Marylebone schoolboy who killed Queen’s Park teenager is named today as 16-year-old Omar Majeed
- Credit: Archant
A killer schoolboy from Marylebone who was jailed yesterday for stabbing to death a Queen’s Park teenager has been named today as Omar Majeed.
The 16-year-old claimed his victim Bilal Mirza was trying to rob him of his money and iPhone when he knifed him in Salisbury Street on January 8 this year.
Yesterday at Isleworth Crown Court he was jailed for eight years for the 18-year-old’s manslaughter.
Today a court lifted the reporting restriction that prevented the press naming him.
During Majeed’s trial jurors heard the pair knew each other and were even described as being in an apparent friendship.
On that fateful evening Mr Mirza, a devout Muslim and an IT student at City of Westminster College, and Majeed had a row in the street resulting in him being stabbed in the leg.
He later handed himself in at Paddington Green police station and told officers he had been carrying a knife with him as a means of self-defence after he discovered Mr Mirza planned to rob him.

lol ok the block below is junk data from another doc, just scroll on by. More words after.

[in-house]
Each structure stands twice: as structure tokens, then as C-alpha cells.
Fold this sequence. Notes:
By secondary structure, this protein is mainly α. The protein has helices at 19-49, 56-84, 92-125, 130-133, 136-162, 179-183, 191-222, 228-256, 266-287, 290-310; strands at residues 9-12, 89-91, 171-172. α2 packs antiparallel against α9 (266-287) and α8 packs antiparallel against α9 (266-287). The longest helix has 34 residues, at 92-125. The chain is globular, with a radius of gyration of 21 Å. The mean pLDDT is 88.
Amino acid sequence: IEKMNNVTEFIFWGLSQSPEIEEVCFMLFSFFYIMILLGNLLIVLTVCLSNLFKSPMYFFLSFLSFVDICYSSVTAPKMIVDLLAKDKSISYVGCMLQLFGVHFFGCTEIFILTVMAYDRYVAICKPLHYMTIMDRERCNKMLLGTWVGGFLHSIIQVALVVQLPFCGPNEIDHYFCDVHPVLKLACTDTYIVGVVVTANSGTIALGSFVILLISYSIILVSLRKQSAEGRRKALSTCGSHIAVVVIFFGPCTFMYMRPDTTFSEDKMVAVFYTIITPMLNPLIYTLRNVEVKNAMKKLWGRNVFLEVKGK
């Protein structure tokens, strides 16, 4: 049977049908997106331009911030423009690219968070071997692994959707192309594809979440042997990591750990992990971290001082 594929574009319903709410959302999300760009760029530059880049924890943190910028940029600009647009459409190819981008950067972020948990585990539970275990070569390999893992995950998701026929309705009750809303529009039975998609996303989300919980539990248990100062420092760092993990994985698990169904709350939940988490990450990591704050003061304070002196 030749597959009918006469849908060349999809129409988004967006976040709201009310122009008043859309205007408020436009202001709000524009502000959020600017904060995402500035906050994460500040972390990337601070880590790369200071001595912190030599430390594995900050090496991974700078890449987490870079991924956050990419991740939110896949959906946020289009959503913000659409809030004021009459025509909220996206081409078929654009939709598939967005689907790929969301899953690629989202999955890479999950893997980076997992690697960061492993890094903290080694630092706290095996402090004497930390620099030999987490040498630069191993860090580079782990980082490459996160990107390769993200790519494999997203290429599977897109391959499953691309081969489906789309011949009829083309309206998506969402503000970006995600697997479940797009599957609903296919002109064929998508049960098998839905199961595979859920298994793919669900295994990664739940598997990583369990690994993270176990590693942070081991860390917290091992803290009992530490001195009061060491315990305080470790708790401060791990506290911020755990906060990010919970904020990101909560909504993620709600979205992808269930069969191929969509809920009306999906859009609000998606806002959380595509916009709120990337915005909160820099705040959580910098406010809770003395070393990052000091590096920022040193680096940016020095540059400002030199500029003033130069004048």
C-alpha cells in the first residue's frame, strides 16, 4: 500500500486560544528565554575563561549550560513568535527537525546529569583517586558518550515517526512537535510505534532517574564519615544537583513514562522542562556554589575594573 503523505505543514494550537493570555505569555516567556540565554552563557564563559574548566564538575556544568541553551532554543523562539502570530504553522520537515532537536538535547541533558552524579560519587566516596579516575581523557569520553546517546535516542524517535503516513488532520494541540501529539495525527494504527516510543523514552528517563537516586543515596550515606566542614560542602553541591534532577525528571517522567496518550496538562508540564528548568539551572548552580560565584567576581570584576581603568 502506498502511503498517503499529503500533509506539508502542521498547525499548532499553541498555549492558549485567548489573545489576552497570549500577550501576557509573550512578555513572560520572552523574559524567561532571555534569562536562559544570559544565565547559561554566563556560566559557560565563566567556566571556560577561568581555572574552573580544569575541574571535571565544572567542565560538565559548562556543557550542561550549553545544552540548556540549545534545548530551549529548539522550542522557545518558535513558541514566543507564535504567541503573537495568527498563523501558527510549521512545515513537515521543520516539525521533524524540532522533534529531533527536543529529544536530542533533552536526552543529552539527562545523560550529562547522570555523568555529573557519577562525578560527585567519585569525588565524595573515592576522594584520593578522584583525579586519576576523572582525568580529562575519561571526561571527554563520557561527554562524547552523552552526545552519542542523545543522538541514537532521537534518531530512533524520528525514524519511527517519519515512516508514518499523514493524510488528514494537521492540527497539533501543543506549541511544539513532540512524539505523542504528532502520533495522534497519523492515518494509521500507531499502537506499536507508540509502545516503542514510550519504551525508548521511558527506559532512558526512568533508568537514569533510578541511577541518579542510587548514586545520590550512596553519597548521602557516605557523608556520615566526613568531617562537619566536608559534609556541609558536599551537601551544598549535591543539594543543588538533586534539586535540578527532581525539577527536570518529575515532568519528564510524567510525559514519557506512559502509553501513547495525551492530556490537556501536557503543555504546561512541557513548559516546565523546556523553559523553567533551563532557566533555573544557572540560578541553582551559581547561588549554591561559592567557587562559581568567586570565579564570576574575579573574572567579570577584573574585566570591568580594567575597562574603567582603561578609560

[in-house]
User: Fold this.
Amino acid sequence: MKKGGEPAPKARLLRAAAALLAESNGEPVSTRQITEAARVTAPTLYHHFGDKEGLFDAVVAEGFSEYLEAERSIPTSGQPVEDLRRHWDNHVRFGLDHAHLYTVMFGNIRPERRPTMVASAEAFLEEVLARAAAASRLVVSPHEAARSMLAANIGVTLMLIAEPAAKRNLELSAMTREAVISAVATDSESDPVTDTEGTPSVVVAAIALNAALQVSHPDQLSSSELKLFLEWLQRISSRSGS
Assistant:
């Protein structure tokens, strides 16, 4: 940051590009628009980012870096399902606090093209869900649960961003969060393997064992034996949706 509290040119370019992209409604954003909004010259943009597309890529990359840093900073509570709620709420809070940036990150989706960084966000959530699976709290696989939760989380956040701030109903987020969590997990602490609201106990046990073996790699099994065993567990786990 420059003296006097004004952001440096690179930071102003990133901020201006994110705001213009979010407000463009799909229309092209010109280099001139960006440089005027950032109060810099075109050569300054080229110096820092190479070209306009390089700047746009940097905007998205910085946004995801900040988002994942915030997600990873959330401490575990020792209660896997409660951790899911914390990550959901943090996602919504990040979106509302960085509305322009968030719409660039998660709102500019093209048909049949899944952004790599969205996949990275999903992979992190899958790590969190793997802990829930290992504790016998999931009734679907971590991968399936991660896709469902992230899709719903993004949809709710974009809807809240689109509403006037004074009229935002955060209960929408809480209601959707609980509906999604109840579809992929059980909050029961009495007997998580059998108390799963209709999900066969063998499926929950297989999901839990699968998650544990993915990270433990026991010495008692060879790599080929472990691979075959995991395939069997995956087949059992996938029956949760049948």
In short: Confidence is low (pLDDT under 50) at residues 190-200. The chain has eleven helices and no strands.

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Majeed claimed to have used a “little tool” with a three to four inch blade but a pathologist who carried out the post-mortem on Mr Mirza said he was stabbed with a blade around five inches long and two inches wide - like a kitchen knife.
The killer’s weapon has never been found.
Throughout his trial Majeed denied being armed claiming Mr Mirza had a kitchen knife which he used after overpowering him.
He also claimed he had tried to avoid Mr Mirza that evening but prosecutors claimed he could have changed his route home to avoid him.
He was convicted of manslaughter on July 16 and sentenced yesterday.
Detective Sergeant Michael Hamlet, investigating officer, said: “This case demonstrates the utterly devastating effects that knives can have on London communities.
“Bilal, a much-loved son, grandson and brother, had his life tragically cut short and a schoolboy is set to be sentenced for his death.
“In addition, Majeed will spend a significant amount of time behind bars and will have to think about the consequences of his actions for the rest of his life.”
Mr Mirza’s college released a statement shortly after his death describing him as a “polite, intelligent and quiet student”, adding: “Bilal particularly enjoyed games design and had the goal of becoming a games designer. His classmates are shocked and dismayed at the loss of a friend and fellow student.
“It has been hard to hear of his untimely death and this is a difficult time for all of us as we mourn the loss of someone so young and full of potential.”